A Refresher on Term Sheets and Commitment Letters
Term sheets and commitment letters are documents frequently used by lenders to outline the terms of a potential financing. However, these two documents differ with respect to what is required of, and whether the terms are binding on, the parties.
What is a term sheet?
A term sheet is a summary of the main business terms and possible options for a prospective financing. Term sheets are provided by lenders to prospective borrowers prior to a full underwriting of and credit approval by the lender. The terms are intended to be a starting point under which the lender will consider providing financing to a prospective borrower. Generally, parties are under no financial or legal obligation to each other based on the provisions of the term sheet.
What is a commitment letter?
A commitment letter is a document that intends to establish specific deal terms regarding an extension of credit from the lender to the borrower. Commitment letters are provided by lenders after a full underwriting of and credit approval by the lender and frequently contain identical business terms to the final agreed to version of a term sheet. To form a commitment letter, the letter must meet the following requirements:
- It must provide a credit accommodation and be in writing. While some courts will allow an oral commitment to be enforceable, many courts require that the commitment to lend to be in writing. N.C. Gen. Stat. § 22-5 requires that a commitment to provide credit in excess of $50,000 be in “writing and signed by the party to be bound,” however, both the 4th and 9th Circuits (Mid-Atlantic states and West Coast states, respectively) have enforced financial commitments that were made by means of an oral communication only.
- The document should include the basic terms. Even if there is not an agreement on all of the terms, a commitment letter will still be enforceable by a court if there is an agreement on the basic terms of the loan.
- Both parties must “manifest an intent to be bound.” Unless a document contemplates a more definitive forthcoming document or an express statement that a party does not intend to commit itself via the document, a court may find that the parties manifested an intent to be bound through the formation of a commitment letter or oral contract.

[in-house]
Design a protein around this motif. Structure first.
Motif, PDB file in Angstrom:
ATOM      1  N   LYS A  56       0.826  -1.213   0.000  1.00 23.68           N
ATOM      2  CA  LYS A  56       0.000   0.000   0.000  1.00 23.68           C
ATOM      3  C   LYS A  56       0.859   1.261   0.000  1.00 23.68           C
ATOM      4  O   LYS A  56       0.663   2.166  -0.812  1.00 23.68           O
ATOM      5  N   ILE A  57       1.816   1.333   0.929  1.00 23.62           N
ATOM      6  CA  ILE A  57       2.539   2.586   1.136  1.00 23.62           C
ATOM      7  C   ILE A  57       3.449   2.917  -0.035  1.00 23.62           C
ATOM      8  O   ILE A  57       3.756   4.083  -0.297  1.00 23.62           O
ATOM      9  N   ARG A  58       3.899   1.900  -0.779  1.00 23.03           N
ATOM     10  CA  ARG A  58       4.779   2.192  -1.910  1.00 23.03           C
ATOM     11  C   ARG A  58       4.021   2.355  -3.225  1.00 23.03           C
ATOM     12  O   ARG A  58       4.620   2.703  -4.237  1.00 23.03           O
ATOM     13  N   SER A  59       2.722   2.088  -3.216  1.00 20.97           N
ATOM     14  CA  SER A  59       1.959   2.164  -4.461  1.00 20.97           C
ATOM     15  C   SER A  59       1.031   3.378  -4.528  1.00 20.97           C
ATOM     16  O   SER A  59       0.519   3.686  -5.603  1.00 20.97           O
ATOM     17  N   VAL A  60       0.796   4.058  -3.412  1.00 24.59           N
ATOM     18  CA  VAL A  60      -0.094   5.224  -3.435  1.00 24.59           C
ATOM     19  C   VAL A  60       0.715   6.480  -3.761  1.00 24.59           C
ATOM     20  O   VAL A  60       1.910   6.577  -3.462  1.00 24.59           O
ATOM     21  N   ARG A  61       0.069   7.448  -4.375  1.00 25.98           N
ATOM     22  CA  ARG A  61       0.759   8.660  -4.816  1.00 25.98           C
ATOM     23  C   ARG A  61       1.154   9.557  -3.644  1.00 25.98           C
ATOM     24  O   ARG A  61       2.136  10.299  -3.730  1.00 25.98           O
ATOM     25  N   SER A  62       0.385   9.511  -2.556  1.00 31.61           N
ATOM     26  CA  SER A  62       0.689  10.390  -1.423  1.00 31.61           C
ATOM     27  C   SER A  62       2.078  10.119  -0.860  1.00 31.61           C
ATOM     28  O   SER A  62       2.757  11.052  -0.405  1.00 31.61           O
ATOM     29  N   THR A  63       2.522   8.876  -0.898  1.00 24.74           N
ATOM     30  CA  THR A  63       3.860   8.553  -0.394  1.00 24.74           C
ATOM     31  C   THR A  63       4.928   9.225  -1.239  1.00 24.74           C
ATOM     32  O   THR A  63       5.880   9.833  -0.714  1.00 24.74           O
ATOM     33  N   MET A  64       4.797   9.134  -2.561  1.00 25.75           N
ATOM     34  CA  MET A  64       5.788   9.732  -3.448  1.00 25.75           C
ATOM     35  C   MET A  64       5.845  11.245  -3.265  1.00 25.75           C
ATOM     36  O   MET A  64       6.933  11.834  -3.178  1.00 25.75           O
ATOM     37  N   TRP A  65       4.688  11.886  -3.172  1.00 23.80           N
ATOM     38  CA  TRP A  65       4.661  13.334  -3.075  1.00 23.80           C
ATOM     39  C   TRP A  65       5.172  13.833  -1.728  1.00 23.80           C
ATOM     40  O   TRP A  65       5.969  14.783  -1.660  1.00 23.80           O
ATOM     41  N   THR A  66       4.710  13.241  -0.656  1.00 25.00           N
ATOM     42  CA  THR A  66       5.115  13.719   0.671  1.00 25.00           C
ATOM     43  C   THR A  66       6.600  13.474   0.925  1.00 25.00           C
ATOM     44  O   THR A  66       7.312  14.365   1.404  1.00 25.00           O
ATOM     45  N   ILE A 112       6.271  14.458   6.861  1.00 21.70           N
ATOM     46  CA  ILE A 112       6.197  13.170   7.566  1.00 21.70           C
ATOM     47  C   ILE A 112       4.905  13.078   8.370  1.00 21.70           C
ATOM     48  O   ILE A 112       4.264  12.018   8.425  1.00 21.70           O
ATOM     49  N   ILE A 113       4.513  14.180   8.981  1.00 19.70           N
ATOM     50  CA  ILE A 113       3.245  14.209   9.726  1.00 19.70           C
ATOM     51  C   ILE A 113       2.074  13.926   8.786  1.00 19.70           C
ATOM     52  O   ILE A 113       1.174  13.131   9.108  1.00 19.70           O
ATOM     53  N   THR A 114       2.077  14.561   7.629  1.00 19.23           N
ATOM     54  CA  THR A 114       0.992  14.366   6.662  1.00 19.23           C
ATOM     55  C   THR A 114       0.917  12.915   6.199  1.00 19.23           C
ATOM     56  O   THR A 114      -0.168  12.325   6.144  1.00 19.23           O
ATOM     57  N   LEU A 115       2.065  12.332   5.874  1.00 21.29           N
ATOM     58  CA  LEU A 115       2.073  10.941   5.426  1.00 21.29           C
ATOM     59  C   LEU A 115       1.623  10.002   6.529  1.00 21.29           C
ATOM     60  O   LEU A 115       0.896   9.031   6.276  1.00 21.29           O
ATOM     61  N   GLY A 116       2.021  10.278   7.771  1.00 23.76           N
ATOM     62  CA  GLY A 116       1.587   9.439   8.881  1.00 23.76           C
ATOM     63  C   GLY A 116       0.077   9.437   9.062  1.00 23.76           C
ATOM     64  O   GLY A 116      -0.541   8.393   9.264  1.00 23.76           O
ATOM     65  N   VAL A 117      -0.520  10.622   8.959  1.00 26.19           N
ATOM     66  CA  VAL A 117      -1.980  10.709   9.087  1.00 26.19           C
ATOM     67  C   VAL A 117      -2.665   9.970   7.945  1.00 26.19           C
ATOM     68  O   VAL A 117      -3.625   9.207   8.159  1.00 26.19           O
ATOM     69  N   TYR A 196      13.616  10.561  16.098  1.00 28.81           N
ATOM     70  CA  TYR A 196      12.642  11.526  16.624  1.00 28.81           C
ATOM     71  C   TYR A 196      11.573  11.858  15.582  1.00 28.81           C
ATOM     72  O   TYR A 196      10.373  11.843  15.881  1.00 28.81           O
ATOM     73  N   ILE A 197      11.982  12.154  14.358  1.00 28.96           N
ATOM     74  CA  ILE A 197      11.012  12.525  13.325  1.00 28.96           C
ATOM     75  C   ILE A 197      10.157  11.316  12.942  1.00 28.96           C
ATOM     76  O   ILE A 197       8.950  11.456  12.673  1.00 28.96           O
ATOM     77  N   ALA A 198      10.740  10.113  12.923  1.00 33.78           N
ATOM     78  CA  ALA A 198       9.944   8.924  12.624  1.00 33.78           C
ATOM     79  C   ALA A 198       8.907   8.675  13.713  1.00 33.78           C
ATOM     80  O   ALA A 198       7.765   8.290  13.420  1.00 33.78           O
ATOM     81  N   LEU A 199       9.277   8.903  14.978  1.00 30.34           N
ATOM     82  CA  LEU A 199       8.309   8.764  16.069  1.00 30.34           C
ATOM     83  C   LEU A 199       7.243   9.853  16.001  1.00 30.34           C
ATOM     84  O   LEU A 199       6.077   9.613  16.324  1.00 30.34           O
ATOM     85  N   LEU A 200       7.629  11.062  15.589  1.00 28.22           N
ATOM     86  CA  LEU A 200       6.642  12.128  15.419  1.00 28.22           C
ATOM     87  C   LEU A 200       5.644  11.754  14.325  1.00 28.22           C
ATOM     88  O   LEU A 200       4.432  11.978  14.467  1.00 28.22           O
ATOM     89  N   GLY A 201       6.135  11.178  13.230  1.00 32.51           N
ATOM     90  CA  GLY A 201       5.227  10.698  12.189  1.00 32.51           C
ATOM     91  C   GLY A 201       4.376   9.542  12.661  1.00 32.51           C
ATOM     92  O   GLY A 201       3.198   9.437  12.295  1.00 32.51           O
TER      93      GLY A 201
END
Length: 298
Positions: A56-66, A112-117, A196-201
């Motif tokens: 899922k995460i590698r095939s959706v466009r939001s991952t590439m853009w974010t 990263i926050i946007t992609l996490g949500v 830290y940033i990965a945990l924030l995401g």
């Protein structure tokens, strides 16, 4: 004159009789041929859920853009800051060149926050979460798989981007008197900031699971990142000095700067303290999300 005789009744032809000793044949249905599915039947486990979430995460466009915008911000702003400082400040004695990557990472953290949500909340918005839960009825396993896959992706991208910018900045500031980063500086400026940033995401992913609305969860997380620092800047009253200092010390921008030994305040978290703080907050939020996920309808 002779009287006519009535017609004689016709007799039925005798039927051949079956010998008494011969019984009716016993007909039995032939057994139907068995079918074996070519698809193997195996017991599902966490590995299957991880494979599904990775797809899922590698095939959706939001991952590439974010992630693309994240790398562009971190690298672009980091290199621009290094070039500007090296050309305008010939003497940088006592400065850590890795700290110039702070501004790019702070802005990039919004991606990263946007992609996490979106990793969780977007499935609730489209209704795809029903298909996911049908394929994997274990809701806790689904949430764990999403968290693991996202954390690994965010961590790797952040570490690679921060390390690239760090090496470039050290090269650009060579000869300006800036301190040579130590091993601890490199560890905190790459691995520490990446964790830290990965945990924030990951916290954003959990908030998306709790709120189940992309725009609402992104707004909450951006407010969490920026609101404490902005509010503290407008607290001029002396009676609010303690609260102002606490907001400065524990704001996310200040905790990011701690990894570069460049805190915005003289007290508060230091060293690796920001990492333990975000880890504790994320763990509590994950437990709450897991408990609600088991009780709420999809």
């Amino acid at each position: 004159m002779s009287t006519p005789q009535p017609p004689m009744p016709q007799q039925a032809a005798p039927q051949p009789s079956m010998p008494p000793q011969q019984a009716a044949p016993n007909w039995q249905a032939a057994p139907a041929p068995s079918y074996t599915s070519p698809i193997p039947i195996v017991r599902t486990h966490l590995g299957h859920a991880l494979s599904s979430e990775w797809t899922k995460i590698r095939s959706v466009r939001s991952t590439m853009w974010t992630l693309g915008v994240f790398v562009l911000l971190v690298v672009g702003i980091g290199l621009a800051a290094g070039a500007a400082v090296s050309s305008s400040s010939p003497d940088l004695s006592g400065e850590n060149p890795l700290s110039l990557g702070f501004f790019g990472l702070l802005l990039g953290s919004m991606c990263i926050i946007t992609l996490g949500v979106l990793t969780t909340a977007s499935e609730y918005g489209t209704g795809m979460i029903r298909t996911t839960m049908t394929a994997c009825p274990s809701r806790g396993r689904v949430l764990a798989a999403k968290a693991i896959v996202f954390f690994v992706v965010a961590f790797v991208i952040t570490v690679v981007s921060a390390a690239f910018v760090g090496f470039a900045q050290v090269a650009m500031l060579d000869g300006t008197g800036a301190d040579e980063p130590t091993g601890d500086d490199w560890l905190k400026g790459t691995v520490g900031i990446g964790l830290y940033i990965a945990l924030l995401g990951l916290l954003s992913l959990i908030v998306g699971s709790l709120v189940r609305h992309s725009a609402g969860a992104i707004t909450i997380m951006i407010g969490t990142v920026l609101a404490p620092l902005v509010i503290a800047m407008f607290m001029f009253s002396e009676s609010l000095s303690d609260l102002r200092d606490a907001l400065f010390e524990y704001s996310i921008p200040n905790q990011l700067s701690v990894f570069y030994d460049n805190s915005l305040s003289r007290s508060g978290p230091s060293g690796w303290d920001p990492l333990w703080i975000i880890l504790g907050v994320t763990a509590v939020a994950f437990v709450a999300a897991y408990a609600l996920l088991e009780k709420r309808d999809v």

A commitment letter differs from a term sheet in that it creates a binding agreement on the part of a lender to make a loan on the stated terms. In addition, a commitment letter generally requires that a borrower reimburse a lender for out-of-pocket expenses and possibly pay a break-up fee if the loan transaction does not close, whereas there is generally no obligation for the borrower to pay these costs and fees in a term sheet. Because of this, it is recommended that lenders obtain a commitment letter and a good faith deposit prior to engaging counsel or ordering any third party reports.
In drafting commitment letters and term sheets, lenders should be aware that:
- If the lender does not initially address an important issue in a commitment letter, the lender may not be able to insist upon it in the loan documents.
- Even if a term sheet or commitment gives the lender “discretion” in deciding an issue later on, the lender must still use “good faith” and act in a “commercially reasonable” manner in resolving any remaining issues. Thus, “discretion” does not mean that the lender has unfettered or absolute discretion in deciding an issue.
- A lender should not oversell assurances of credit approval to a borrower or agree to issue a commitment upon the satisfaction of conditions in the term sheet phase, or else it may be liable for negligent misrepresentation to the borrower.
- A term sheet should, in addition to stating the business terms, include:
- A statement that it is non-binding, is for discussion purposes only and does not constitute a commitment on the part of the lender;
- A general description of the conditions precedent to closing, such as receipt and approval of third-party appraisals and other customary due diligence deliverables; and
- A statement that the terms are subject to formal underwriting and credit risk approval.
- A commitment letter should, in addition to stating the business terms, include:
- A general description of the conditions precedent to closing, such as receipt and approval of third-party appraisals and other customary due diligence deliverables;
- A condition that there has been no material adverse change in the borrower’s financial condition between the date of the commitment and the closing of the loan;
- A condition that the borrower may not shop competing financing or disclose the terms of the commitment letters to other lenders while the commitment is outstanding; and
- An accept by and close by date after which the commitment expires.
Understanding the differences between a commitment letter and a term sheet is critical and should be a point of emphasis to all lenders.
We would like to acknowledge the help of our 2015 summer associate, Preetha Suresh, in the preparation of this article.